Saturday, February 9, 2013

Winter quarter 2013, metal smithing

At school, the Winter quarter of 2013, my program has me in the fine metals studio, as I was a couple years ago. I am learning new things, and building on skills with every day I work in here. Fine metals is much more interesting and appealling to me than I believed it would be.
During this middle portion of the quarter I am focused on learning the fundamentals of Smithing. Basically, that is hammering metal into a shape. Think Paul Revere, the silversmith. But silver is ridiculously expensive, so we use copper. I have done some minor hammer shaping in the past, but this time she has us starting a bit deeper into the process.

First: take a sheet of copper. In our instance, it is 12 gauge, or about 3/8 inch thick.

But to get to that nice circle, you have to cut it out of a larger sheet. With a teensy-tiny jeweler's blade. (I know, there must be something easier. But we are learning all the steps. Charming, no?)

Then you make the metal nice and soft, by heating it up.

Then you hit it with a hammer. A lot. Over and over.

Then you heat again. And hit some more. And repeat. After a few rounds of this, that nice flat sheet looks like this.

Eventually, the nice sheet of metal will grow up into a bowl like my classmate's here. And my arm will fall off. But it is fun, I promise!

I hope to have a finished smithed object to share sometime within the month. LOL

Scarf for my grandmother

Just a quick snap of a scarf I pulled together at the last minute yesterday so that I could gift my grandmother on her 90th birthday. Because obviously, I didn't have enough time to prepare ahead of time. But who needs sleep!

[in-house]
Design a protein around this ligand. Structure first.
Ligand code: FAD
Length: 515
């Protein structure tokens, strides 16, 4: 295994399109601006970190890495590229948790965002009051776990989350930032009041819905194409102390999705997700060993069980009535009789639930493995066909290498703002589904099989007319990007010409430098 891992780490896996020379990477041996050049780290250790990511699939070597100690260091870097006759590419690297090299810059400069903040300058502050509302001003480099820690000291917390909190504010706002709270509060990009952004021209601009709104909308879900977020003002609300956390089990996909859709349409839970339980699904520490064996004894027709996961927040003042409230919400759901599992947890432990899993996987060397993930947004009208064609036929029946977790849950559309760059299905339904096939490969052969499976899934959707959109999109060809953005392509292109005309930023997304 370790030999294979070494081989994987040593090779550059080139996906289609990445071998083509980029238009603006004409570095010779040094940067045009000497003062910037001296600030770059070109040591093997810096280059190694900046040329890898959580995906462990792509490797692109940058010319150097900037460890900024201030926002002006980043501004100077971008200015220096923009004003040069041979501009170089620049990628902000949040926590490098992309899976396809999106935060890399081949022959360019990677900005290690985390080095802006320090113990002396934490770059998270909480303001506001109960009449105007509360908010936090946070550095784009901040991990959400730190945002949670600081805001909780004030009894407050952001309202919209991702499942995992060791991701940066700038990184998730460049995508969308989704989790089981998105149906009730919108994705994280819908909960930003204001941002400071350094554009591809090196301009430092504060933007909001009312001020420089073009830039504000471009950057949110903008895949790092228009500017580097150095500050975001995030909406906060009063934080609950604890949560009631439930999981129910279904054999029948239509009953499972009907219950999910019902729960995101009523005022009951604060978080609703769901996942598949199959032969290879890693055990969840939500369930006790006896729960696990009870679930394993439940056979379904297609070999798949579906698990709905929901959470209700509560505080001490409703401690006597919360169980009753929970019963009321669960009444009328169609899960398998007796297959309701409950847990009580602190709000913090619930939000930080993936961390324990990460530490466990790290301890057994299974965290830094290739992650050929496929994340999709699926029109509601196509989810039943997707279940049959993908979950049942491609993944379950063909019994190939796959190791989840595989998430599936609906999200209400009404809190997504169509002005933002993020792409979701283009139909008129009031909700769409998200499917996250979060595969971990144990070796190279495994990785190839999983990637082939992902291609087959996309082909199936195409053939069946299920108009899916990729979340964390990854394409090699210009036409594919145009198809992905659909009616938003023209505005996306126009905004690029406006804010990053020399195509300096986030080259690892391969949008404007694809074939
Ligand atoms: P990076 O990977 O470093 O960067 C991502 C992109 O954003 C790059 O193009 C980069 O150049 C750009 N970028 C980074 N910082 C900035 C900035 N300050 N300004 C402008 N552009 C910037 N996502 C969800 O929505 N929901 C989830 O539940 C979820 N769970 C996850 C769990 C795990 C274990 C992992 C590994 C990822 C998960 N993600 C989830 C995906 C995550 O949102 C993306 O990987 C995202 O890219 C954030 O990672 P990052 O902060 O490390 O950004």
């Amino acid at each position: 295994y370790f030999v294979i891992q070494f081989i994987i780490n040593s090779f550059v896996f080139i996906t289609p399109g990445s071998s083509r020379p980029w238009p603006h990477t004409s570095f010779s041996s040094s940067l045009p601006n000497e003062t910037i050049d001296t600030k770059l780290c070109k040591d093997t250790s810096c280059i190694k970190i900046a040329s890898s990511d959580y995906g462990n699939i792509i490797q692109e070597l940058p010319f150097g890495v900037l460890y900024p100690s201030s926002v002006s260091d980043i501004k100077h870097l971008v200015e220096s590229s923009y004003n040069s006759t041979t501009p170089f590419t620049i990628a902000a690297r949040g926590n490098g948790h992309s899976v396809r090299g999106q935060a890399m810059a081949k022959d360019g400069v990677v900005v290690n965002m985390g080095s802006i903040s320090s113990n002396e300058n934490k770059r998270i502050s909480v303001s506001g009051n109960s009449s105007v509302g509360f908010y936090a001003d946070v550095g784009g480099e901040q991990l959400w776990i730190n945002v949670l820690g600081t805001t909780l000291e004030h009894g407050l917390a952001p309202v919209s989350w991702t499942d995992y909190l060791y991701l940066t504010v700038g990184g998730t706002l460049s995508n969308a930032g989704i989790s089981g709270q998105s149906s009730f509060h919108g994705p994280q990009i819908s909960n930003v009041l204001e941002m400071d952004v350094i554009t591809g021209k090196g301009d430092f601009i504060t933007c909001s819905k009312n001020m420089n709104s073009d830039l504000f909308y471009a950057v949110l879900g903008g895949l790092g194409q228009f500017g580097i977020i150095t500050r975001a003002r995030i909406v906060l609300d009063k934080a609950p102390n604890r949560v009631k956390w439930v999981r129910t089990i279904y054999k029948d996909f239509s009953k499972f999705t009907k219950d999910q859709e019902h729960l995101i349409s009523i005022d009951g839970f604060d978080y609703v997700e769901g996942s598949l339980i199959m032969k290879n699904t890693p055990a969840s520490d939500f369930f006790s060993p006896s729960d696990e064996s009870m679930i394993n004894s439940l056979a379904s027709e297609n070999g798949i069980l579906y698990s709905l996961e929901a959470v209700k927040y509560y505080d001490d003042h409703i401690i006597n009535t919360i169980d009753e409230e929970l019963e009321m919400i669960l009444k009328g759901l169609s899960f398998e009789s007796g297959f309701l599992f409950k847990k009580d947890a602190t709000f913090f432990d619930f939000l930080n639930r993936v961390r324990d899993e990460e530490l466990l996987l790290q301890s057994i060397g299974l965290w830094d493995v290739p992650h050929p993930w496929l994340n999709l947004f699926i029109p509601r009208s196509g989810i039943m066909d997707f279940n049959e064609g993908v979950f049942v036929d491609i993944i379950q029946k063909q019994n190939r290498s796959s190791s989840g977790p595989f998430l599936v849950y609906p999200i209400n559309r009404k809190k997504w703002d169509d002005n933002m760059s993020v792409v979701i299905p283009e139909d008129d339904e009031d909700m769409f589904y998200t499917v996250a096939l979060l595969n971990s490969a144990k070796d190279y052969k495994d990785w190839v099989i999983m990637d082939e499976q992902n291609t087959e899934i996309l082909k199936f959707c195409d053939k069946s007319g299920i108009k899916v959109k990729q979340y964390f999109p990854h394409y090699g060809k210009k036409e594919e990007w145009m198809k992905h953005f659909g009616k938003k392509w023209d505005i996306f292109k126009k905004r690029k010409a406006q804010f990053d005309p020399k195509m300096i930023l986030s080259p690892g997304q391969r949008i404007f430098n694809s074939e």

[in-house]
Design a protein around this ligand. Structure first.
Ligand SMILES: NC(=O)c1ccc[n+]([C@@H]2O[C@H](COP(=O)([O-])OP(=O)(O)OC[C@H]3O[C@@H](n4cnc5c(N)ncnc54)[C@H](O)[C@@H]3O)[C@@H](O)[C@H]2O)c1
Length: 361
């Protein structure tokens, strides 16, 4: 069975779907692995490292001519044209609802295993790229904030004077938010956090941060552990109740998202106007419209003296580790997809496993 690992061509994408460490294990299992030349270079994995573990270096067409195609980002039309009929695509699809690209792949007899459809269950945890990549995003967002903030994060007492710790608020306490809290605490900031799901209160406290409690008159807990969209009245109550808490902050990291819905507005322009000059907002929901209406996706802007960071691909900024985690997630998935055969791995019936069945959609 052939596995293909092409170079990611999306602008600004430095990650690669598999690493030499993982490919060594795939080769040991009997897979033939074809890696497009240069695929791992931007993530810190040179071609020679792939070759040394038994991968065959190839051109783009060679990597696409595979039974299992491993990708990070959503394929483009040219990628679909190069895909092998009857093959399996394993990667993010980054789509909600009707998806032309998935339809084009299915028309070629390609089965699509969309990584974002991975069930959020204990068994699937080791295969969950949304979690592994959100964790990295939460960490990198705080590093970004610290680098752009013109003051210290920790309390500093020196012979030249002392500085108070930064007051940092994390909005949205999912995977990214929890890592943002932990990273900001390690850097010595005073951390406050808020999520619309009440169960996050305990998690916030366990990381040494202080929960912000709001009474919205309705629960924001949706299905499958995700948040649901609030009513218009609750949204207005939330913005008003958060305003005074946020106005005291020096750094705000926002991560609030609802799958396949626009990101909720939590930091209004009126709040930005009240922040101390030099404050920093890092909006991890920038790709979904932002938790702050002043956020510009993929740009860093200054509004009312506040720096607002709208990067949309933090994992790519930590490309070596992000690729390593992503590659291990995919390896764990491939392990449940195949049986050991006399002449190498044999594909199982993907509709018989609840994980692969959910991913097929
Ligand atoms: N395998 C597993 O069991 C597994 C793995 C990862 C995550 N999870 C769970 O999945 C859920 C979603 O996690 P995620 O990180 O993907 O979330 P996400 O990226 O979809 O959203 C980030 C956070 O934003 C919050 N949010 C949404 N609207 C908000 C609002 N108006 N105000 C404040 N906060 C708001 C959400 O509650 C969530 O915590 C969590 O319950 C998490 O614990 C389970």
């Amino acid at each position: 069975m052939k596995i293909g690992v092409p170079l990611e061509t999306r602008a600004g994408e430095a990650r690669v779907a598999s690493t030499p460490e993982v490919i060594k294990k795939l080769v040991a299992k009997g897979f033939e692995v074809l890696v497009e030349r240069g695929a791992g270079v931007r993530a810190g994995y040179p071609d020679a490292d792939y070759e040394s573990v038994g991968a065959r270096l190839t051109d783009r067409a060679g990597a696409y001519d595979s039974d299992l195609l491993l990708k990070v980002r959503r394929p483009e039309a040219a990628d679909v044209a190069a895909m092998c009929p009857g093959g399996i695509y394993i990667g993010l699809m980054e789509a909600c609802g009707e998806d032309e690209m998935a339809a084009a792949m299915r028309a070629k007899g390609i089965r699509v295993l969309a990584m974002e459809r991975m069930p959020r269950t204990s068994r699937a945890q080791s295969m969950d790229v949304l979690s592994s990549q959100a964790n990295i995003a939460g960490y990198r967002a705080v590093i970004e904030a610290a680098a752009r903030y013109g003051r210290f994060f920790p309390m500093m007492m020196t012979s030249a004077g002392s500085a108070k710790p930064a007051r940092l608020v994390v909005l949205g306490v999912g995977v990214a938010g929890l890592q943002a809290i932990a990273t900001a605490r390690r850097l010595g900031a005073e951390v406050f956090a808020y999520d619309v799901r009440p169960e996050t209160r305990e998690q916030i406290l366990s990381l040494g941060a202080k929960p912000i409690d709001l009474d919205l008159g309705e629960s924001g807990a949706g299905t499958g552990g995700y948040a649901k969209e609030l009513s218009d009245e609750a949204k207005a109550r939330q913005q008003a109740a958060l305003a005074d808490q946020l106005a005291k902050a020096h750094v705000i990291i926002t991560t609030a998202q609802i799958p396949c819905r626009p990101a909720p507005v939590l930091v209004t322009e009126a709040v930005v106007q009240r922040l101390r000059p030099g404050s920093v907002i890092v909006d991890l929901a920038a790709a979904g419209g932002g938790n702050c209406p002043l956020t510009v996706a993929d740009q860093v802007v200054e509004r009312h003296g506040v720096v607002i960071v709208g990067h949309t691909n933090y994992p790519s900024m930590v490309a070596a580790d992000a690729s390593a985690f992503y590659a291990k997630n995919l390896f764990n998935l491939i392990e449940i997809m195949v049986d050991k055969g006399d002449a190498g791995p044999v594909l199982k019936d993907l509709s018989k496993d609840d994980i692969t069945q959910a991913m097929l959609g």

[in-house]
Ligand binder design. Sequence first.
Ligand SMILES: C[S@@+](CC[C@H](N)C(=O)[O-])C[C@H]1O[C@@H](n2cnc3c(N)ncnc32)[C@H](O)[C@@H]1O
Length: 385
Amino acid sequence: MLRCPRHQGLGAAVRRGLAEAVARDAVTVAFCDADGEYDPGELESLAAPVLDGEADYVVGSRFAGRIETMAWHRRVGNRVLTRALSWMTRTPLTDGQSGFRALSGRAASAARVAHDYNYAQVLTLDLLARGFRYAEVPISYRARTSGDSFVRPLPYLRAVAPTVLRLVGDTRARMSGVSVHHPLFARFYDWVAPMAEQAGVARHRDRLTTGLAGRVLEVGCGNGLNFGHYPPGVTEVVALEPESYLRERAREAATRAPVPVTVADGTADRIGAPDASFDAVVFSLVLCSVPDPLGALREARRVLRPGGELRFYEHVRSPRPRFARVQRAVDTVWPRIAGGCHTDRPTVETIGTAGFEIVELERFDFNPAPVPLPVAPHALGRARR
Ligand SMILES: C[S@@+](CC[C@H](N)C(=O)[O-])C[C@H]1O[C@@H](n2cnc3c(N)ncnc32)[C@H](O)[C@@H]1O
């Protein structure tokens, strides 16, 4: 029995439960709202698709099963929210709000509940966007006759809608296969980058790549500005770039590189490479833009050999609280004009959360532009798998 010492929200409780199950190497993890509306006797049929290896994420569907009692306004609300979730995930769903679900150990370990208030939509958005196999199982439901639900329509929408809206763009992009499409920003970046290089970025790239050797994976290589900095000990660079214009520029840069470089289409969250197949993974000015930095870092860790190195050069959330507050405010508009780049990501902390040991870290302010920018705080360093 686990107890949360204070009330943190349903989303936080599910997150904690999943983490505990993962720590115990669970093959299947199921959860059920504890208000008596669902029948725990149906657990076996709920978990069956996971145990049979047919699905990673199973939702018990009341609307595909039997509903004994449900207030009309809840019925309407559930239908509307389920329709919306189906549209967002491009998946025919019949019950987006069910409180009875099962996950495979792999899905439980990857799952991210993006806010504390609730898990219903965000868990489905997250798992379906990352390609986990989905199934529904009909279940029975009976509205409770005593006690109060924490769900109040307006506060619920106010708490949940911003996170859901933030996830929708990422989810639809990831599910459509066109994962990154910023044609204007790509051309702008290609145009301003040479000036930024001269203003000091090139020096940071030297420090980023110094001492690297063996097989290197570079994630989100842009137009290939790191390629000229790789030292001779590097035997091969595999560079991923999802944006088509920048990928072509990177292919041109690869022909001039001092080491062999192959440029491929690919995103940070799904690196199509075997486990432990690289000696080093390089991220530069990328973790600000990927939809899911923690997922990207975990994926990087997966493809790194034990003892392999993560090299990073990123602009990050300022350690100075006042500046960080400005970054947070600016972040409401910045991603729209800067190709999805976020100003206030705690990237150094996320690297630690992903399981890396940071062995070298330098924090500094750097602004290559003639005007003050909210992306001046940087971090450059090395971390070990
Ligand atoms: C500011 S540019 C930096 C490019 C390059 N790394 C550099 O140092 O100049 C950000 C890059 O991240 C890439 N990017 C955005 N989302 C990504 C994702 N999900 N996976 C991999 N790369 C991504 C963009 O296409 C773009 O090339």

The warp is a very soft wool/silk. I got it in a brown-bag swap, so I am not sure of the actual type, but I would bet on it being a Jagggerspun. It was 12 wpi, and I set it at 12 epi. The weft is a curious yarn I found at Yarnia in Portland, OR. It is a ply of one strand cotton and three strands of rayon, resulting in a very loose, and shiny fiber. There was a tag inside from Brentwood Yarns, which I have found no information on. Oh well. It wove in like a thick and thin, resulting in some nice variation in this undulating twill.
I am sorry I didn't get more photos, but weaving a scarf all in one day, and staying up that late... Well, photography was not a priority! Lovely drape though.
This was the first time I did any weaving on my new-to-me Harrsiville loom. Delightful! She is an excellent little beastie. It will take me a few more warps to learn her likes and dislikes, and get familiar with the friction brake. I need to make a few things as well: a tray for the top to keep tools, some easy on/off wheels for when we go to classes. That sort of thing. But a wonderful first.